History of Worthing Hospital

History of Worthing Hospital – Western Sussex Hospitals Trust

Worthing’s first hospital was a dispensary in Ann Street, created in 1829.  A new dispensary was set up in 1845 in Chapel Road, which when enlarged in 1860 became known as the Worthing Infirmary and Dispensary. This moved to Lyndhurst Road in 1882, which is the location of the current hospital, and it cost £5,000. In 1902 it was given the name Worthing Hospital.

In 1936 X-ray technology came to Worthing, with, according to the local paper, “the staggering amount of 200,000 volts of electricity being generated by a giant apparatus, the very latest result of scientific research”. 

In 1939, the Princess Royal opened a new children’s ward and in 1946 there were record numbers of births at the hospital – 578 boys and 553 girls.

In 1960 the first helicopter ambulance landed in Homefield Park to transfer a cyclist with spinal injuries to Stoke Mandeville Hospital. 

A few years later in 1997 and 1998, the hospital underwent a £50 million development programme when the East Wing opened. It used a million bricks and 150,000 tonnes of concrete and was officially opened by the Princess Royal. The interior design is colour-coded: terracotta, to represent the earth on the ground floor; green, for the downs on the first floor; and blue, the sky, on the second and third floors.

Important developments in patient care were also made in 1998 when the renal dialysis unit opened; meaning patients with kidney failure no longer had to travel to Portsmouth or Brighton for dialysis up to three times a week. The new diabetes centre also opened bringing all diabetic care into one place and three years later the £1.3 million Children’s Centre opened its doors.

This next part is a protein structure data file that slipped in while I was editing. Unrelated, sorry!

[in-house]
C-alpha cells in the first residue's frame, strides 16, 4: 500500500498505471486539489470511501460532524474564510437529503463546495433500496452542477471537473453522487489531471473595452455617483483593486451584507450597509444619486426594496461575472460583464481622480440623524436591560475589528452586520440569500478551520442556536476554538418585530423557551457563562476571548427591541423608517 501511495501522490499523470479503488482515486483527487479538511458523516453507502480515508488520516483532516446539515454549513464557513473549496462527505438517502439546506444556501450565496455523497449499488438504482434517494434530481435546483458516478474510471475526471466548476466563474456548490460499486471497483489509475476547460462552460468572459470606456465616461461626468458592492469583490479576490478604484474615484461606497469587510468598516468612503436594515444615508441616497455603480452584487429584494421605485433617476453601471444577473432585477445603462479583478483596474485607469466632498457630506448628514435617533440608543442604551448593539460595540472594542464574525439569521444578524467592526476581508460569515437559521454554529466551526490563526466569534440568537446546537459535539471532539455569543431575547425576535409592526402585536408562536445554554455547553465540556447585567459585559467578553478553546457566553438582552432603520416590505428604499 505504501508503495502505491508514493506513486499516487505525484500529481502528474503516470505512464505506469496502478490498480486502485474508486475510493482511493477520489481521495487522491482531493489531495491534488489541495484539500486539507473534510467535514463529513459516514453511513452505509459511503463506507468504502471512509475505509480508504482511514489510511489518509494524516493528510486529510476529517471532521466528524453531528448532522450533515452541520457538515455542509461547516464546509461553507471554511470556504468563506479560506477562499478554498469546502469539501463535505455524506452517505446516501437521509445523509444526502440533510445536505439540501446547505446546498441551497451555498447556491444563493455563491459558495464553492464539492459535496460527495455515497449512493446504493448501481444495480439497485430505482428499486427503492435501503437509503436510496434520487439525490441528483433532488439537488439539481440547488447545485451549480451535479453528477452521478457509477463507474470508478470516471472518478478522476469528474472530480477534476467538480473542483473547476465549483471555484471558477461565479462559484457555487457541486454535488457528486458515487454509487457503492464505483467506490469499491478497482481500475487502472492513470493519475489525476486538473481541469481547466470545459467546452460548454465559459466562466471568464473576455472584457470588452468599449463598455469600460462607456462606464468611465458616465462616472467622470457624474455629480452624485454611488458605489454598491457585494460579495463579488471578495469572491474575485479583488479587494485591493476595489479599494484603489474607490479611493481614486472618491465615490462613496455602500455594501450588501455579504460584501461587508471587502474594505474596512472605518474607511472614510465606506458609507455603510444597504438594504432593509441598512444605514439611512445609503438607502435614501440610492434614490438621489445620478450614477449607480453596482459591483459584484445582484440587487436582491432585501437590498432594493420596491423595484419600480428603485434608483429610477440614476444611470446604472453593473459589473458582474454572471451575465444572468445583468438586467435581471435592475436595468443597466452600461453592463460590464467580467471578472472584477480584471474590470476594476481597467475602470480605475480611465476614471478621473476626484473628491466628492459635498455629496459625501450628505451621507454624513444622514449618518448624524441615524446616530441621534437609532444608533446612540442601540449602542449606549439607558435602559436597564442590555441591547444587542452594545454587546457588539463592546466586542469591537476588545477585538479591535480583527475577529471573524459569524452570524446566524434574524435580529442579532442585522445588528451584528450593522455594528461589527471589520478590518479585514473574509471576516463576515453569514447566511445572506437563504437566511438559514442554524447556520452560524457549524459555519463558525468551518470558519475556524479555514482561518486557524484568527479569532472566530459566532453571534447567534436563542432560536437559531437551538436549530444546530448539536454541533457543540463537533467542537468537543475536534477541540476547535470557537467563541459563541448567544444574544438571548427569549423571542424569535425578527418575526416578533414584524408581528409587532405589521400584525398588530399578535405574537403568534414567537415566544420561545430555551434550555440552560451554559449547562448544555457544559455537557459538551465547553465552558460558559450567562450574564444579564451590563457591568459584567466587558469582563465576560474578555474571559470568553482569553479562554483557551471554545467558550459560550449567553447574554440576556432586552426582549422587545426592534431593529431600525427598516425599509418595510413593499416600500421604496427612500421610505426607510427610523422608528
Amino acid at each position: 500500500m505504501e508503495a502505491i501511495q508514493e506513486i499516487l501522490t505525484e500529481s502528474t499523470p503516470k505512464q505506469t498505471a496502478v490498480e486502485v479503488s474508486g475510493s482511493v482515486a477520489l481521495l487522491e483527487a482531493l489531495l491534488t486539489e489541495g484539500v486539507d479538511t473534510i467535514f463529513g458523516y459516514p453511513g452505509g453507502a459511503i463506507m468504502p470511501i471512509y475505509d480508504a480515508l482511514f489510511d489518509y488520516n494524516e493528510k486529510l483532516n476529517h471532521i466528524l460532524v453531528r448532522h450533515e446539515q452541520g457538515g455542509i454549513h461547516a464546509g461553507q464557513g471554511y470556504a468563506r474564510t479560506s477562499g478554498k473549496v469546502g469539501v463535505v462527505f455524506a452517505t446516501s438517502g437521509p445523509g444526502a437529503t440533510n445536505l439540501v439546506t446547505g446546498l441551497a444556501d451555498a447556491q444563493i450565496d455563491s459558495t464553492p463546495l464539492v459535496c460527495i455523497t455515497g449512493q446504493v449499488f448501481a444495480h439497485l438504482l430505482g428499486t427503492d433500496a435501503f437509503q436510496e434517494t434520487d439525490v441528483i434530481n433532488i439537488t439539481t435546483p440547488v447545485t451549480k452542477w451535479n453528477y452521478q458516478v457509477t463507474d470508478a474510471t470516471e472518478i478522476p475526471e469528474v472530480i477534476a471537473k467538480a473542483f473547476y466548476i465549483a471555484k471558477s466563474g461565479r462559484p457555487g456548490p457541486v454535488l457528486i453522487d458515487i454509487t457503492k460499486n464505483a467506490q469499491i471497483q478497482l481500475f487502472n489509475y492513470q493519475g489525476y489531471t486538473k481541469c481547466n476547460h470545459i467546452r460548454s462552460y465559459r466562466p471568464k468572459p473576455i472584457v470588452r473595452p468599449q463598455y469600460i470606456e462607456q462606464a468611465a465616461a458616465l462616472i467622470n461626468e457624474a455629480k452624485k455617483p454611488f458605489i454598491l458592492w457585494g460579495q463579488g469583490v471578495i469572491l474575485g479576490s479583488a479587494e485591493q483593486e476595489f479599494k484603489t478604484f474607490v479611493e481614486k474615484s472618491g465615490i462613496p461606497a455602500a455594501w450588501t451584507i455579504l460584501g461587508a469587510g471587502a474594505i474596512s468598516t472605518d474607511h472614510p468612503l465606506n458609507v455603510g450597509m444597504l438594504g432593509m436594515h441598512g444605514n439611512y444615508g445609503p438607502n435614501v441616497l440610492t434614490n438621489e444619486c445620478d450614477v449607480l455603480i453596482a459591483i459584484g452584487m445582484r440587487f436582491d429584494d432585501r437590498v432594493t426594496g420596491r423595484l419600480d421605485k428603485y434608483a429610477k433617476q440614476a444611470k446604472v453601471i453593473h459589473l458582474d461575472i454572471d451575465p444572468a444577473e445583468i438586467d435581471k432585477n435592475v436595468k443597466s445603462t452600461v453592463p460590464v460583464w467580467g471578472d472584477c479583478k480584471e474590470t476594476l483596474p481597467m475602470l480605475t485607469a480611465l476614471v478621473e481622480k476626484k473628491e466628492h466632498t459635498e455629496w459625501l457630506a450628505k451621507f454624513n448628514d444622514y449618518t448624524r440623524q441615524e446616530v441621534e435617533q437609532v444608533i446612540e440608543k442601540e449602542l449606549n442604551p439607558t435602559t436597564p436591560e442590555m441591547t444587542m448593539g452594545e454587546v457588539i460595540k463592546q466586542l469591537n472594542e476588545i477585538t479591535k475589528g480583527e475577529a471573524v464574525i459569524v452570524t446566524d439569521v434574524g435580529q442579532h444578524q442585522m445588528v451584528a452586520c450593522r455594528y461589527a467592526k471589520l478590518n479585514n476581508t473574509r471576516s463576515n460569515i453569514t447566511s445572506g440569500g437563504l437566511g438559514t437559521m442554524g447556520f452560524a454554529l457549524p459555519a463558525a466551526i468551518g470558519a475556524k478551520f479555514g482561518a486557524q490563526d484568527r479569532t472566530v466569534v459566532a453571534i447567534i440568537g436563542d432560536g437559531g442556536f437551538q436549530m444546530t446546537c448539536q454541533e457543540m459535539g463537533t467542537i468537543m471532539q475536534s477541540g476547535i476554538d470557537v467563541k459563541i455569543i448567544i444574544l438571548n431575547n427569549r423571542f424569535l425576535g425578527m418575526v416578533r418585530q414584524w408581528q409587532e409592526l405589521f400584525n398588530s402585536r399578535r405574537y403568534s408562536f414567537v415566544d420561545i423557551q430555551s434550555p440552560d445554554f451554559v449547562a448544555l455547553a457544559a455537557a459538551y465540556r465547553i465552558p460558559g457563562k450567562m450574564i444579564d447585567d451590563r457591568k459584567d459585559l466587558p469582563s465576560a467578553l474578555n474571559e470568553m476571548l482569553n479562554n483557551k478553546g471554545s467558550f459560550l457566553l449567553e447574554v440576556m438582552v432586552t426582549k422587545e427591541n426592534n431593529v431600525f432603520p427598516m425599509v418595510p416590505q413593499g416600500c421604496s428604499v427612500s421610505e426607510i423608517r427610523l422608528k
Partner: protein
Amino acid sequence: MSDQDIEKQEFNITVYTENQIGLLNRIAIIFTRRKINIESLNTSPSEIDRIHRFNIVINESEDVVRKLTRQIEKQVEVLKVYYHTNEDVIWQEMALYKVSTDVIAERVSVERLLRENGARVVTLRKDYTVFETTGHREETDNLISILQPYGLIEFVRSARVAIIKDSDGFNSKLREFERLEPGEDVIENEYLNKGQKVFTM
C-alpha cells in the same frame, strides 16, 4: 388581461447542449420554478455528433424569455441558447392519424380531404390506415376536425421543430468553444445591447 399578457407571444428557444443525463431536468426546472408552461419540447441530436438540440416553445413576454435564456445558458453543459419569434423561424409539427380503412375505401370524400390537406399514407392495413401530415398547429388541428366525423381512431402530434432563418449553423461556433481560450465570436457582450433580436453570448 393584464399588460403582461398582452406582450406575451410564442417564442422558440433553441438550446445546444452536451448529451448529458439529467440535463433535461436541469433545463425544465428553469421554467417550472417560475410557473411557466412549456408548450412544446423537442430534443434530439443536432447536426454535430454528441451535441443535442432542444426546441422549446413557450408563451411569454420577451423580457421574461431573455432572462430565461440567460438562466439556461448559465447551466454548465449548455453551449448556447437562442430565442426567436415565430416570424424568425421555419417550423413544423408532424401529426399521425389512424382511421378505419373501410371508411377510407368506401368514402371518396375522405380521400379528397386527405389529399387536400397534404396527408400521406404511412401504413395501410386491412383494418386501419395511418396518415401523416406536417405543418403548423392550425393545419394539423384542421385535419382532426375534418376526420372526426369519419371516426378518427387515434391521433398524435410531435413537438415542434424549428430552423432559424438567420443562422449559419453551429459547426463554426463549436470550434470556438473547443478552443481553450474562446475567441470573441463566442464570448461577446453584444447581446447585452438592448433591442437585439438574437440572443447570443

In 2004 surgeons pioneered ‘keyhole’ operating techniques for the treatment of stomach cancers and the A&E department was rated one of the best in the country and earned the Trust £100,000 government award for fund further developments in emergency care. In the same year the £2 million catheter laboratory opened which improved the cardiac service offered to patients requiring angiograms. 

Two years later in 2006, the gynaecology unit received international recognition for its surgical expertise and the following year the new MRI scanner completed the Trust’s £1.3 million programme of investment in state-of-the-art scanning equipment. 

The hospital was awarded CHKS Top 40 Hospital status in 2008 and opened a refurbished coronary care unit. In October 2008 the hospital began preparing to merge with Royal West Sussex NHS Trust, St Richard’s Hospital in Chichester, which was completed in April 2009 to create Western Sussex Hospitals NHS Trust.

In July 2013 the Trust was awarded Foundation trust status and in April 2016 it was awarded ‘Outstanding’ by the CQC, one of only three Trusts in the country at the time (now five).

 

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